“Bet on yourself.”
Director Winnifred Jong is fond of using the catchphrase of her favourite Toronto Raptor, Fred VanVleet, as a personal mantra. It’s something she had to do when, after more than 20 years as a sought-after script supervisor, she decided to make the jump to director.
Now, it looks like Jong bet well, with two short films and a digital series to her directorial credit and her first hour of primetime TV ahead.
With credits like The Virgin Suicides, Born to Be Blue and Slings and Arrows to her name, transitioning from a script supervisor to director was a risky move and Jong admits there were those who wanted her to stay put. But directing has always been her passion. So she started pursuing opportunities that fit with her “day job.”
In 2012, she was hired as second unit director and script supervisor for one episode of Flashpoint and in 2013, Back Alley Film Production’s Adrienne Mitchell hired Jong as script supervisor and second unit director for Played. That she was trusted to take on the role, says Jong, meant a lot, given the industry isn’t often too keen to take risks on inexperienced directors.
Back Alley’s Mitchell says that after hiring Jong as a script supervisor on Bomb Girls, she noticed her talent behind the scenes. “She and I just really jibed in terms of cinematic approach, how to work with actors, working with their emotional lines from a continuity perspective,” says Mitchell.
In 2015, Jong enlisted actor Hugh Dillon, who she’d worked with on Flashpoint and X Company, to star in her short film directorial debut, The Offer, which was nominated for a DGC Award for best short. Since then, she directed the short Milk, which she also produced and wrote, and which screened at festivals across North America. In 2017, she offered her script supervisor skills to Shaftesbury for six-part digital series, Frankie Drake Mysteries: A Cold Case, but in exchange, she asked to direct the project.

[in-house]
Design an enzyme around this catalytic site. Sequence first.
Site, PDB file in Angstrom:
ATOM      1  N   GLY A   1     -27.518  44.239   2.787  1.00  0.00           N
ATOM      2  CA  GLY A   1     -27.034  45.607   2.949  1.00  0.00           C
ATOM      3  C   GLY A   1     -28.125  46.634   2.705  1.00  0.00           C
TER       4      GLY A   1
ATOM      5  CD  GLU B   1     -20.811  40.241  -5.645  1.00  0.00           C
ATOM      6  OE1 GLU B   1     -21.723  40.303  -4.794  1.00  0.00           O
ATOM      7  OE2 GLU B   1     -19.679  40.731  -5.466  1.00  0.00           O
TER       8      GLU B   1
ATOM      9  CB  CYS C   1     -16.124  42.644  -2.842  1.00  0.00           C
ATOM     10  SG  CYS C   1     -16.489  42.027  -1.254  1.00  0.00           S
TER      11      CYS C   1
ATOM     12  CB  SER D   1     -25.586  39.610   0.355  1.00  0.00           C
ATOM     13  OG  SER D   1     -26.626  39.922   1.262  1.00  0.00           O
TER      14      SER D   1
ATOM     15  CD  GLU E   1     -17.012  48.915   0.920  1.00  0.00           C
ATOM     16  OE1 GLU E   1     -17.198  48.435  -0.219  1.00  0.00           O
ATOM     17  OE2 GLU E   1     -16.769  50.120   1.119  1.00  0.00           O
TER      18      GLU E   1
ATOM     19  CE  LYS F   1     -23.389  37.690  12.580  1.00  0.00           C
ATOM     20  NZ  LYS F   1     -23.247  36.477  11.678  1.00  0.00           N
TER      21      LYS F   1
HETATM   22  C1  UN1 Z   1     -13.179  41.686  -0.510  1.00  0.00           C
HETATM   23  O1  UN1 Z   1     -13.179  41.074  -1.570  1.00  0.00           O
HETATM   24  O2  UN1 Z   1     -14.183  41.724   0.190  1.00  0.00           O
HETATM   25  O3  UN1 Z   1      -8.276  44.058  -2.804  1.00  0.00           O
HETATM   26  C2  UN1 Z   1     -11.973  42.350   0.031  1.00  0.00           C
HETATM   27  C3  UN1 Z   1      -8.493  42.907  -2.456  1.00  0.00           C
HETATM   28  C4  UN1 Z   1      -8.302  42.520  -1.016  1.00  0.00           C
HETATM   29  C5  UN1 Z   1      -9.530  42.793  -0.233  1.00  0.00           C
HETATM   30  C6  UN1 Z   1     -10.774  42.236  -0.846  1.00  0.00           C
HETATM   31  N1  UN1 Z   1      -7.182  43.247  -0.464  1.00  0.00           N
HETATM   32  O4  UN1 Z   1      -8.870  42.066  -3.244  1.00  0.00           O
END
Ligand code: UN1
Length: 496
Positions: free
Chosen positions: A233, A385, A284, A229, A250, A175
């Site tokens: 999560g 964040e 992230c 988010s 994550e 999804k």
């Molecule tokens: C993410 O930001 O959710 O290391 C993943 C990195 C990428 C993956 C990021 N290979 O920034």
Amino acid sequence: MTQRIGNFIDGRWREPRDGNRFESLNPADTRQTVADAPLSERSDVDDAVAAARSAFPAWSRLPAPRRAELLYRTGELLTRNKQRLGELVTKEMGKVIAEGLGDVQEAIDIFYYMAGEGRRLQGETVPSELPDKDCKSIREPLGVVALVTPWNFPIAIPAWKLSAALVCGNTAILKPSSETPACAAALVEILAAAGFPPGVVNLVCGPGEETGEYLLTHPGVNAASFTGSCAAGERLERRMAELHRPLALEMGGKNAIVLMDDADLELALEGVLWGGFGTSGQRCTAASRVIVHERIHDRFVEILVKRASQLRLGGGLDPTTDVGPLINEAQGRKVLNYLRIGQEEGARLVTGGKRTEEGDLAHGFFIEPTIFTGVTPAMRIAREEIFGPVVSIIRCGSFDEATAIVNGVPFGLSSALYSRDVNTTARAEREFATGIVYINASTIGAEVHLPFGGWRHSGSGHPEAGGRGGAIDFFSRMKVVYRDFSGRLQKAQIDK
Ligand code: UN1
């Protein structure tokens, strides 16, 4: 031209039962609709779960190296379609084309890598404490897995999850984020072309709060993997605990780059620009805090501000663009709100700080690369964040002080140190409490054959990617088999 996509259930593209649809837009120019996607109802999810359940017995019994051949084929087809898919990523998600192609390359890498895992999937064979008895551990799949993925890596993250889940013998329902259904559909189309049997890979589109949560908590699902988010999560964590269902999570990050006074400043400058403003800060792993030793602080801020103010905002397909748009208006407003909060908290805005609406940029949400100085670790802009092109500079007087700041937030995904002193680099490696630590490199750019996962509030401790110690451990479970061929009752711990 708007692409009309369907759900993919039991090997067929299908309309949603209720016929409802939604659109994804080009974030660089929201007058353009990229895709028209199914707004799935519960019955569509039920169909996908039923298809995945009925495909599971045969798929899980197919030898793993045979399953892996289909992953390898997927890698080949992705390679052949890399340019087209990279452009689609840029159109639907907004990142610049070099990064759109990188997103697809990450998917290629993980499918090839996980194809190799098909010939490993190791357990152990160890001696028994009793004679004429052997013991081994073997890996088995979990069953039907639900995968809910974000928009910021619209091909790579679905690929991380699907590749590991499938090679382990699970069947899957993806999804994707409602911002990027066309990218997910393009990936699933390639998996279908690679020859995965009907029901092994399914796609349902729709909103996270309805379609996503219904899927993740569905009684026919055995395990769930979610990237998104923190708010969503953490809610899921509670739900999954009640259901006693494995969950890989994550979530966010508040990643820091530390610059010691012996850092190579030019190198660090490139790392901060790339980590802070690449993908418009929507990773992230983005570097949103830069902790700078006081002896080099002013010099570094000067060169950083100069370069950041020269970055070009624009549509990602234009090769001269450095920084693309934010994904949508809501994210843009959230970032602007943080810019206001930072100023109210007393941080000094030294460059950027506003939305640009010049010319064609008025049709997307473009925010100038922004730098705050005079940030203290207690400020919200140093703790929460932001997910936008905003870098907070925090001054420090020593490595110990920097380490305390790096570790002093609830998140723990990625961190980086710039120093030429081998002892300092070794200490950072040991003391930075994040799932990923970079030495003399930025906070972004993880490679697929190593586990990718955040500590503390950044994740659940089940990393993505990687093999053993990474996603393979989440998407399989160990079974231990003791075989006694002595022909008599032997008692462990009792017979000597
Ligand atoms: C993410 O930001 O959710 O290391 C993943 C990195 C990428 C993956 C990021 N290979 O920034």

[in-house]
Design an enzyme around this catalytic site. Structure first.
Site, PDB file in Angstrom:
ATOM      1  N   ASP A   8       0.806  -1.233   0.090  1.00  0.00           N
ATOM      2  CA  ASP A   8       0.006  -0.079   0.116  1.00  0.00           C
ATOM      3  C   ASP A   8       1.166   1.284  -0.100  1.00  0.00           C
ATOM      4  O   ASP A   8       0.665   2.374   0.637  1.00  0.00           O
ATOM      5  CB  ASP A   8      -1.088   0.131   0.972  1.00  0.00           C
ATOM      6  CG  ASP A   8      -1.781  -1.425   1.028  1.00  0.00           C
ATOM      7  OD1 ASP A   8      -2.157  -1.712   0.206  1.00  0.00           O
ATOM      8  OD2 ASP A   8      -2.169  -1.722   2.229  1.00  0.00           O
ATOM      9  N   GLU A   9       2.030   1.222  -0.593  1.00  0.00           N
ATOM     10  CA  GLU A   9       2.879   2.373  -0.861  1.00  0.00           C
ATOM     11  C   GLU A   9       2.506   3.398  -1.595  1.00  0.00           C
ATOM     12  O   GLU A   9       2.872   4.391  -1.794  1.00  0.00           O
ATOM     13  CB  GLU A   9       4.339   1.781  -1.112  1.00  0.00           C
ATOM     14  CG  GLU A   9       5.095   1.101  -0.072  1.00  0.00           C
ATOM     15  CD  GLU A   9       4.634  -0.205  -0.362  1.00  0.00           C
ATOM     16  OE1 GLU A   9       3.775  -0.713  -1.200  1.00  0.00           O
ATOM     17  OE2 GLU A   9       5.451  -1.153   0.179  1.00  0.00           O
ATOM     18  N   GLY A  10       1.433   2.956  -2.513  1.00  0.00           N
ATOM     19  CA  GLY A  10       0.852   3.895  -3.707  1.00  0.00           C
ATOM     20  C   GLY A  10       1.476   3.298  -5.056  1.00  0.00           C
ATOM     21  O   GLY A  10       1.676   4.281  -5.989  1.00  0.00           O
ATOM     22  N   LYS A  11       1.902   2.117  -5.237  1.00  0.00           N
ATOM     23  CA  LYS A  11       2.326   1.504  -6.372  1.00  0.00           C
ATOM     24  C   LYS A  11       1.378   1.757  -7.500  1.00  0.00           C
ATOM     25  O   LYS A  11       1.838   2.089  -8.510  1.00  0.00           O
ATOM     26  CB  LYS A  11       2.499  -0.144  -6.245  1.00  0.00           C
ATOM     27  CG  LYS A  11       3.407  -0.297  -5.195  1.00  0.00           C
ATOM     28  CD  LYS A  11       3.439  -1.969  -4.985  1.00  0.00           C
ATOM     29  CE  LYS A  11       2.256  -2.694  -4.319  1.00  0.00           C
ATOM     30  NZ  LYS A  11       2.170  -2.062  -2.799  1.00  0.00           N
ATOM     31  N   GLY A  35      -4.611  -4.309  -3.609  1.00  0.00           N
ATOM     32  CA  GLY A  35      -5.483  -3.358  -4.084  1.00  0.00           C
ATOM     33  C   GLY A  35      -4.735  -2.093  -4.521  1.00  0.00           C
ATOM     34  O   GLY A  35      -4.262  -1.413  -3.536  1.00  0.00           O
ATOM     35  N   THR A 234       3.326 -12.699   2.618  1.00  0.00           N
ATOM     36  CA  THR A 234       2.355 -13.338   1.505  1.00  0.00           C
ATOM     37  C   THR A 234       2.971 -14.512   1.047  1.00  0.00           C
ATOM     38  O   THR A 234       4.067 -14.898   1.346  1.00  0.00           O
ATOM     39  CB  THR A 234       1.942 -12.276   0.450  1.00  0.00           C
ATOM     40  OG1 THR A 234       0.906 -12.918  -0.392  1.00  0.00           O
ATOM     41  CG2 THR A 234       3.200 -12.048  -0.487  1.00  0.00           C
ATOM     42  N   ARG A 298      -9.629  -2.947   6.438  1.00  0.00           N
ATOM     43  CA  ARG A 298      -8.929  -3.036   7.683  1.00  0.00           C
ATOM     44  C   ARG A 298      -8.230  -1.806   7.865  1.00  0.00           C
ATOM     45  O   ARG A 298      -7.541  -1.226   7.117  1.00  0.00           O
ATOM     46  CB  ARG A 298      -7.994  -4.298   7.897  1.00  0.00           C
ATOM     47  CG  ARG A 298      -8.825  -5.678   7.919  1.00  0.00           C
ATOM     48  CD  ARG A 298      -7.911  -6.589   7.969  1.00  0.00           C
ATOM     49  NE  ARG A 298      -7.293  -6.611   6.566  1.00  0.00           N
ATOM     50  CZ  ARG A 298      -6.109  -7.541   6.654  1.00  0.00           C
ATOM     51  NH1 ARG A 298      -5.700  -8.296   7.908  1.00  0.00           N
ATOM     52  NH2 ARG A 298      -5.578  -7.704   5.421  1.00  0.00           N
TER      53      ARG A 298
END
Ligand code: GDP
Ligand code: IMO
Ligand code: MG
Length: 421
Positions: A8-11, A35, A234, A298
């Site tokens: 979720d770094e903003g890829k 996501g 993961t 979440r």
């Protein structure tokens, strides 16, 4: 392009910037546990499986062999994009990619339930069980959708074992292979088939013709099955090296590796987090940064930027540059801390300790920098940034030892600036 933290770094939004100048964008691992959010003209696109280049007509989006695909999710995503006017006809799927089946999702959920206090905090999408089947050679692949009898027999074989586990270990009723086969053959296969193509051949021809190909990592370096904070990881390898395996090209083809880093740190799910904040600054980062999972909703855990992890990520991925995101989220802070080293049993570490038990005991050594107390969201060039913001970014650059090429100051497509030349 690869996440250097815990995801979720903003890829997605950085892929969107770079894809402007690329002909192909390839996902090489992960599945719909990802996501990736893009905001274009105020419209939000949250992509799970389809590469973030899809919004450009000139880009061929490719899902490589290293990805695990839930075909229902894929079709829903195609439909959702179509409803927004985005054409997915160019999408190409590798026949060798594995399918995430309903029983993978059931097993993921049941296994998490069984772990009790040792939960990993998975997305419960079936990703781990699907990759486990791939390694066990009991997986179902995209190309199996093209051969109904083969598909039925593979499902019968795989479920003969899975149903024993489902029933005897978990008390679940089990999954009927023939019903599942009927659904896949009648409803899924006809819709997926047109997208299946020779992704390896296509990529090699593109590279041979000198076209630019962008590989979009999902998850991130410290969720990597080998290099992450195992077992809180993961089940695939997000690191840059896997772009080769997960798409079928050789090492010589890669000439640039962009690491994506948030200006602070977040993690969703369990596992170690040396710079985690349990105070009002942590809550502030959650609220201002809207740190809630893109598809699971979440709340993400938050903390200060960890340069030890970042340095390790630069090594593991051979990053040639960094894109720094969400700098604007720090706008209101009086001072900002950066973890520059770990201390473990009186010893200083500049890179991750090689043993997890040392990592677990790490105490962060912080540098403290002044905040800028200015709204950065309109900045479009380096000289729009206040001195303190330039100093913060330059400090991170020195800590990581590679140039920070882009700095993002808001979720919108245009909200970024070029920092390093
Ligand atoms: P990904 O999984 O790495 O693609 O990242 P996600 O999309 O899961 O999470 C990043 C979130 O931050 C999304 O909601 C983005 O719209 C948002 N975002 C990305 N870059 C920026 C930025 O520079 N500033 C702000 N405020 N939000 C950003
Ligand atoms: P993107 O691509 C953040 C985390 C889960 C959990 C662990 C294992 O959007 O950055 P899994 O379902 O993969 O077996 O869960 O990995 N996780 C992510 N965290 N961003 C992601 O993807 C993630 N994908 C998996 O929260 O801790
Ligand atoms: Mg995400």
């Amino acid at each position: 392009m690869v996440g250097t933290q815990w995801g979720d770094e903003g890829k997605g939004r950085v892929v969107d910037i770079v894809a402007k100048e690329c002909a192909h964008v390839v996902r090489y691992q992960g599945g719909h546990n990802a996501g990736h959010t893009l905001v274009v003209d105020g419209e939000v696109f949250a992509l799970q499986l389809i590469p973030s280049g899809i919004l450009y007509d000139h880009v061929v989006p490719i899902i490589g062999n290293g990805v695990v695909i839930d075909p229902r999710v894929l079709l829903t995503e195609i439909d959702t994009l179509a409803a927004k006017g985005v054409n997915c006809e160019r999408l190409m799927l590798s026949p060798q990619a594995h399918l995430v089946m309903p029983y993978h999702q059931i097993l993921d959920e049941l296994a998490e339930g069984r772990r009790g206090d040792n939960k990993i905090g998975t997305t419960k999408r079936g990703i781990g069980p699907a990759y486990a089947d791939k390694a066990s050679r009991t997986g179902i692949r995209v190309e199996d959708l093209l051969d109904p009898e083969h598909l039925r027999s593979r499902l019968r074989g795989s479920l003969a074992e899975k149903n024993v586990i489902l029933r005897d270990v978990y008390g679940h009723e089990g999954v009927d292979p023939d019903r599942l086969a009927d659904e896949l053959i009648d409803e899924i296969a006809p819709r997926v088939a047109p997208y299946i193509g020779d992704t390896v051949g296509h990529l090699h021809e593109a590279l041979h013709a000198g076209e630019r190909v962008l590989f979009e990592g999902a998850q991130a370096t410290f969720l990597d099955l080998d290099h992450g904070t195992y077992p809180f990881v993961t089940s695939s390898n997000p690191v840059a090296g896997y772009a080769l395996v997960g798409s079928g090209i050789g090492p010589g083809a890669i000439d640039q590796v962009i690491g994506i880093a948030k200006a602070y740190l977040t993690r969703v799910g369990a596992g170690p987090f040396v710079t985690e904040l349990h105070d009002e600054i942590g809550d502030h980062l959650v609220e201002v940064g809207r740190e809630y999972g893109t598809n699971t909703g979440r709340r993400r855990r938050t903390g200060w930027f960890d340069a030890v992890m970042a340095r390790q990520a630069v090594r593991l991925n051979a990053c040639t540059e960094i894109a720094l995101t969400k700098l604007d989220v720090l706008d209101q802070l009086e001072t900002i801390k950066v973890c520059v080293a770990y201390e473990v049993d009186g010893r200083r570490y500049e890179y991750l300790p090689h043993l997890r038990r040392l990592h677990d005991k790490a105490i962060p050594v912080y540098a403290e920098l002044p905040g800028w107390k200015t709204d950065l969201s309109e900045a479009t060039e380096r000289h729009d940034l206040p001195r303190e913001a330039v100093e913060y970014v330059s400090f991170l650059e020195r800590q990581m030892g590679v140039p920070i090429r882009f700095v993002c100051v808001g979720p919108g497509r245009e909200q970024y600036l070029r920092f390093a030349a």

“Working your way up is tough, and you have to be tenacious. Winnie’s got that. She knows exactly what she wants to do, and she’s prepared to work damn hard for it,” says Shaftesbury chair and CEO Christina Jennings.
“She was able to work on the script right from the get go, right from the earliest ideas, working with the writer, giving us her own thoughts,” she says. With its tiny budget, and the requirement to shoot a ton of pages in one weekend, Jennings adds that Jong “rose to the occasion” and shaped it into the clever web series that it is.
Jong is now getting ready to go into production on her web series, Tokens. The series follows the actors who work for an “On Call” casting agency that helps productions satisfy diversity mandates. Jong wrote the script while script supervising X Company in Budapest.
“I sequestered myself in a hotel room and just wrote it. I don’t have formal training but I talked to a lot of the writers that I was working with on X Company and got feedback and assistance,” she says.
Tokens was awarded Telefilm Micro-Budget Production financing in 2017 and was one of 23 projects selected this year in the inaugural round of the Bell Fund’s Short-Form Digital Series (Fiction) Pilot Program.
And as she prepares to take full creative control of Tokens, Jong has also landed another director-for-hire gig, stepping behind the camera on episode 105 of CBC’s upcoming drama Coroner. Created by Morwyn Brebner, the series is produced by Jonas Prupas of Muse Entertainment and Back Alley’s Mitchell, who Jong calls one of her earliest supporters.
Now that she’s rebranding herself as a director, Jong says she’s getting to the point where she’s refusing script supervising work, which used to be her “bread and butter.” It’s a scary thing, but she’s ready for this next act. “If you’re not the one to believe in yourself,” she says, “who else is going to?”
Photo: Christos Kalohoridis
This story was originally published in the Fall 2018 issue of Playback.